An organization that advocates for municipal government in Indiana is looking to boost quality of place funding throughout the state. Accelerate Indiana Municipalities, or AIM, is pushing for legislation to create Investment Hubs that will enable regional development officials to raise revenue on an ongoing basis to fund transformative capital projects. AIM Chief Executive Officer Matt Greller says the state has done a great job in creating a strong business climate, but now needs to double down on attracting people back to the state, and that starts with cities and towns.
Fishers Mayor Scott Fadness joined Greller on a recent edition of Inside INdiana Business with Gerry Dick and said the Investment Hub model is very similar to the state’s Regional Cities Initiative.
"It’s about sustainability. Ultimately, what we need to do is have a flywheel of reinvestment into our regions and this idea that AIM is proposing and that we’re working diligently on is all about that," said Fadness. "If we can invest money into our regions and those regions prosper, more revenue is generated and then reinvest back into those regions and that cyclical flywheel approach is what really starts to move the needle towards creating the type of cities that I think the next generation of talented people what to live in."
AIM says an Investment Hub could be comprised of at least two neighboring units with a combined population threshold of 100,000, at least five units if the 100,000 population threshold is not met, or an existing Regional Development Authority whose members wish to opt-in and raise new revenue as an Investment Hub. In order to join a hub, the fiscal body of each member must pass a resolution that affirms their membership and commits to raising one of three revenue sources:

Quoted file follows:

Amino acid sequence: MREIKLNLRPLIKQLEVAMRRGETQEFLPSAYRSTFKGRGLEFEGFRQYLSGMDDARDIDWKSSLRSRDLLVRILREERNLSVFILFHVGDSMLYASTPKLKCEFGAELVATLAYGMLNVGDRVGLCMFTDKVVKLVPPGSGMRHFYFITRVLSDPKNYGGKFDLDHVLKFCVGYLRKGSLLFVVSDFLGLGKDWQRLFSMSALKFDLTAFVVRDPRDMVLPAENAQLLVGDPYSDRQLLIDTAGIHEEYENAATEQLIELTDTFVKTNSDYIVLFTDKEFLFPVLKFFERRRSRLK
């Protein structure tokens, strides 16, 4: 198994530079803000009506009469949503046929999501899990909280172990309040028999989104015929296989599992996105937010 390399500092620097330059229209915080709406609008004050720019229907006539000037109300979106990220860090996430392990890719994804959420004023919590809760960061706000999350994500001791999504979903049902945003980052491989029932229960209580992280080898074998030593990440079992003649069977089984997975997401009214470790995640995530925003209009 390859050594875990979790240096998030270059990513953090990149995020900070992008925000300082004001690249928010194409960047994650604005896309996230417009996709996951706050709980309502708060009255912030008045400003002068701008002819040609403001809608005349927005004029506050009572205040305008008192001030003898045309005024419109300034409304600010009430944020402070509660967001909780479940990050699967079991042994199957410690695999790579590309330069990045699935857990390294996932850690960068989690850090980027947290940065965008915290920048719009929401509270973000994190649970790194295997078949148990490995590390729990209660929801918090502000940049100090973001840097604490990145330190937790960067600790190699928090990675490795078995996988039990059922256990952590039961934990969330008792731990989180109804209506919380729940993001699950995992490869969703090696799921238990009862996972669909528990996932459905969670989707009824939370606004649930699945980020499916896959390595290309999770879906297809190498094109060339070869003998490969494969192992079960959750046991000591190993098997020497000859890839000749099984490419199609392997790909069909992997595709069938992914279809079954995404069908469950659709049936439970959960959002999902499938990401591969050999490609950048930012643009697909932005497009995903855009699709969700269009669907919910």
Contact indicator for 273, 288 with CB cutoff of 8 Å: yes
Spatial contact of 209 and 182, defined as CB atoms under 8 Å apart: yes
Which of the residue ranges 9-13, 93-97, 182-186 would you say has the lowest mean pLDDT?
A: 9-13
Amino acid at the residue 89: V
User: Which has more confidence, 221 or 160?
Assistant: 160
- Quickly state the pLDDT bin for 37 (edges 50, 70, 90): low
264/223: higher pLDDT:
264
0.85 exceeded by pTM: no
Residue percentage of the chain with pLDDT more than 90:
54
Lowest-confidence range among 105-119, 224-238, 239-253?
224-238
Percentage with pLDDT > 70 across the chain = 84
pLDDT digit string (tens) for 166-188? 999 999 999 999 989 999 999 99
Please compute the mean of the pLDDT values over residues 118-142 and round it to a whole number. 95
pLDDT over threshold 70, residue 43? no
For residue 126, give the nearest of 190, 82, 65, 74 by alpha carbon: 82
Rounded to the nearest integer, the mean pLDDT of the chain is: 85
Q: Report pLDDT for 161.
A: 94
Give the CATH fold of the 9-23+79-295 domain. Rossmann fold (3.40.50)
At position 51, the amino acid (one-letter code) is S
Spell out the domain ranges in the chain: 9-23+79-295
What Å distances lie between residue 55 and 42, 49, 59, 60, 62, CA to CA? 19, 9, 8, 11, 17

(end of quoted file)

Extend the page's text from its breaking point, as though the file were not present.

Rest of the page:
- Local Income Tax (at least .05 percent, up to a 1 percent max)
- Local Sales Tax (1 percent max)
- Food & Beverage Tax (1 percent max)
Half of the new revenue raised would go directly to the hub, with the remainder going to the general funds of each member of the hub. Only capital projects would be considered for funding raised through the hub.
Fadness says the Investment Hub model has the potential to change the course of a lot of regions throughout the state. "I think the conversation, and it’s been really encouraging talking to the leadership at the Statehouse, there’s a recognition that regions need to work together. There’s a recognition that we’ve got to give some tools to the locals to be able to do that. So I’m encouraged on both fronts."